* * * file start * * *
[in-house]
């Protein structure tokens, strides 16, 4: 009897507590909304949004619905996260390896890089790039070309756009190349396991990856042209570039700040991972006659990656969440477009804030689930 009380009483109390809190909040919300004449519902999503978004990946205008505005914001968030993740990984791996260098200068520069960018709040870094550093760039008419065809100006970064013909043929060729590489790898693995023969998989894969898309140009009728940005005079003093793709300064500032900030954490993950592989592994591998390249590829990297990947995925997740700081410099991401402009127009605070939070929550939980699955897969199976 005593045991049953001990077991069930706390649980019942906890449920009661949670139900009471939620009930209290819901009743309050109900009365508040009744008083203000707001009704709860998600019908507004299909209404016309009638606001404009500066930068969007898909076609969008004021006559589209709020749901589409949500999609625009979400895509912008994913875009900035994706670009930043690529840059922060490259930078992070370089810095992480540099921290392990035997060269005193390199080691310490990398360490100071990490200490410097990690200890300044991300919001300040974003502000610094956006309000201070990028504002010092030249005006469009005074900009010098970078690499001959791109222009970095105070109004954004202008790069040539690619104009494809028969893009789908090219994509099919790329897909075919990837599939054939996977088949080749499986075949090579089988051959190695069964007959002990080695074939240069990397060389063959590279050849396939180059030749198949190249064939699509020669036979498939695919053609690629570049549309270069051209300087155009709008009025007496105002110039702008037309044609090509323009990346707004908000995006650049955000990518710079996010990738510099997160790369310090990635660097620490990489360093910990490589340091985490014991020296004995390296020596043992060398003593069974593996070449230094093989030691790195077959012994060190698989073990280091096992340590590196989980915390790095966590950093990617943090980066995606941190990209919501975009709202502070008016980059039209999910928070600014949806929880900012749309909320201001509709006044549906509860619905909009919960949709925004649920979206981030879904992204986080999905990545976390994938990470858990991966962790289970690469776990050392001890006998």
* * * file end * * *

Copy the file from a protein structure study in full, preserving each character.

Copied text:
[in-house]
């Protein structure tokens, strides 16, 4: 009897507590909304949004619905996260390896890089790039070309756009190349396991990856042209570039700040991972006659990656969440477009804030689930 009380009483109390809190909040919300004449519902999503978004990946205008505005914001968030993740990984791996260098200068520069960018709040870094550093760039008419065809100006970064013909043929060729590489790898693995023969998989894969898309140009009728940005005079003093793709300064500032900030954490993950592989592994591998390249590829990297990947995925997740700081410099991401402009127009605070939070929550939980699955897969199976 005593045991049953001990077991069930706390649980019942906890449920009661949670139900009471939620009930209290819901009743309050109900009365508040009744008083203000707001009704709860998600019908507004299909209404016309009638606001404009500066930068969007898909076609969008004021006559589209709020749901589409949500999609625009979400895509912008994913875009900035994706670009930043690529840059922060490259930078992070370089810095992480540099921290392990035997060269005193390199080691310490990398360490100071990490200490410097990690200890300044991300919001300040974003502000610094956006309000201070990028504002010092030249005006469009005074900009010098970078690499001959791109222009970095105070109004954004202008790069040539690619104009494809028969893009789908090219994509099919790329897909075919990837599939054939996977088949080749499986075949090579089988051959190695069964007959002990080695074939240069990397060389063959590279050849396939180059030749198949190249064939699509020669036979498939695919053609690629570049549309270069051209300087155009709008009025007496105002110039702008037309044609090509323009990346707004908000995006650049955000990518710079996010990738510099997160790369310090990635660097620490990489360093910990490589340091985490014991020296004995390296020596043992060398003593069974593996070449230094093989030691790195077959012994060190698989073990280091096992340590590196989980915390790095966590950093990617943090980066995606941190990209919501975009709202502070008016980059039209999910928070600014949806929880900012749309909320201001509709006044549906509860619905909009919960949709925004649920979206981030879904992204986080999905990545976390994938990470858990991966962790289970690469776990050392001890006998």